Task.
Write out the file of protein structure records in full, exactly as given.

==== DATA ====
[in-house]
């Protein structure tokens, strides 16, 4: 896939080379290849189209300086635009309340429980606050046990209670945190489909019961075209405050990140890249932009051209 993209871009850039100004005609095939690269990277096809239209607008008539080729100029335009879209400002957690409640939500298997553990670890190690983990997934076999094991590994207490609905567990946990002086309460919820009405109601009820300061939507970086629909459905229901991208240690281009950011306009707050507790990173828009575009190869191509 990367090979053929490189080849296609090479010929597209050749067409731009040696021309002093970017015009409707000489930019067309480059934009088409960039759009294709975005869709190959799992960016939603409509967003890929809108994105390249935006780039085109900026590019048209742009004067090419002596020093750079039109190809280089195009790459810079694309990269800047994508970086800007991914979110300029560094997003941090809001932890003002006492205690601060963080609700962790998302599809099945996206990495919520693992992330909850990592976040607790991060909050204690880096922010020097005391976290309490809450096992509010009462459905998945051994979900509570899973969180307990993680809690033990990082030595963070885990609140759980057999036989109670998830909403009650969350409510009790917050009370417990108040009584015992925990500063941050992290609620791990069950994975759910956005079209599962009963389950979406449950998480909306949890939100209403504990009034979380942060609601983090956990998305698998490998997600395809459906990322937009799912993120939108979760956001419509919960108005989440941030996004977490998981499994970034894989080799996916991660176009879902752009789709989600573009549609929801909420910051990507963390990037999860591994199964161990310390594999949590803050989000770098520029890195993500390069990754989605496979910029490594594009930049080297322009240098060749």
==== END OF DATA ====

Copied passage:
[in-house]
């Protein structure tokens, strides 16, 4: 896939080379290849189209300086635009309340429980606050046990209670945190489909019961075209405050990140890249932009051209 993209871009850039100004005609095939690269990277096809239209607008008539080729100029335009879209400002957690409640939500298997553990670890190690983990997934076999094991590994207490609905567990946990002086309460919820009405109601009820300061939507970086629909459905229901991208240690281009950011306009707050507790990173828009575009190869191509 990367090979053929490189080849296609090479010929597209050749067409731009040696021309002093970017015009409707000489930019067309480059934009088409960039759009294709975005869709190959799992960016939603409509967003890929809108994105390249935006780039085109900026590019048209742009004067090419002596020093750079039109190809280089195009790459810079694309990269800047994508970086800007991914979110300029560094997003941090809001932890003002006492205690601060963080609700962790998302599809099945996206990495919520693992992330909850990592976040607790991060909050204690880096922010020097005391976290309490809450096992509010009462459905998945051994979900509570899973969180307990993680809690033990990082030595963070885990609140759980057999036989109670998830909403009650969350409510009790917050009370417990108040009584015992925990500063941050992290609620791990069950994975759910956005079209599962009963389950979406449950998480909306949890939100209403504990009034979380942060609601983090956990998305698998490998997600395809459906990322937009799912993120939108979760956001419509919960108005989440941030996004977490998981499994970034894989080799996916991660176009879902752009789709989600573009549609929801909420910051990507963390990037999860591994199964161990310390594999949590803050989000770098520029890195993500390069990754989605496979910029490594594009930049080297322009240098060749």